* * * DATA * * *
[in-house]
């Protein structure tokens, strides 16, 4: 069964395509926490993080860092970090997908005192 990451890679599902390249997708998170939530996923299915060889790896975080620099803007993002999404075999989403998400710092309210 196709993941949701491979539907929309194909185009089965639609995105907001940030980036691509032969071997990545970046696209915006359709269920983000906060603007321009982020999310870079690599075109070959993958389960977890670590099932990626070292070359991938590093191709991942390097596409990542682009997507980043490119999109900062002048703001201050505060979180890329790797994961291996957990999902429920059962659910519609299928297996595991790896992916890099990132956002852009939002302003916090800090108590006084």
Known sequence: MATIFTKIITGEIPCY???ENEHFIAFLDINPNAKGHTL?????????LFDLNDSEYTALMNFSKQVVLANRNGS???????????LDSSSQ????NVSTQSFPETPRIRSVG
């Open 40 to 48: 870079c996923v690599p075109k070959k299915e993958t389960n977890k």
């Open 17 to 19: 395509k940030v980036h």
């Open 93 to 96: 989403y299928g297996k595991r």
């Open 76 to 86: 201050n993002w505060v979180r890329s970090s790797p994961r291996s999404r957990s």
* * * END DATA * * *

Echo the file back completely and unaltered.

[in-house]
């Protein structure tokens, strides 16, 4: 069964395509926490993080860092970090997908005192 990451890679599902390249997708998170939530996923299915060889790896975080620099803007993002999404075999989403998400710092309210 196709993941949701491979539907929309194909185009089965639609995105907001940030980036691509032969071997990545970046696209915006359709269920983000906060603007321009982020999310870079690599075109070959993958389960977890670590099932990626070292070359991938590093191709991942390097596409990542682009997507980043490119999109900062002048703001201050505060979180890329790797994961291996957990999902429920059962659910519609299928297996595991790896992916890099990132956002852009939002302003916090800090108590006084």
Known sequence: MATIFTKIITGEIPCY???ENEHFIAFLDINPNAKGHTL?????????LFDLNDSEYTALMNFSKQVVLANRNGS???????????LDSSSQ????NVSTQSFPETPRIRSVG
């Open 40 to 48: 870079c996923v690599p075109k070959k299915e993958t389960n977890k």
């Open 17 to 19: 395509k940030v980036h």
């Open 93 to 96: 989403y299928g297996k595991r």
């Open 76 to 86: 201050n993002w505060v979180r890329s970090s790797p994961r291996s999404r957990s």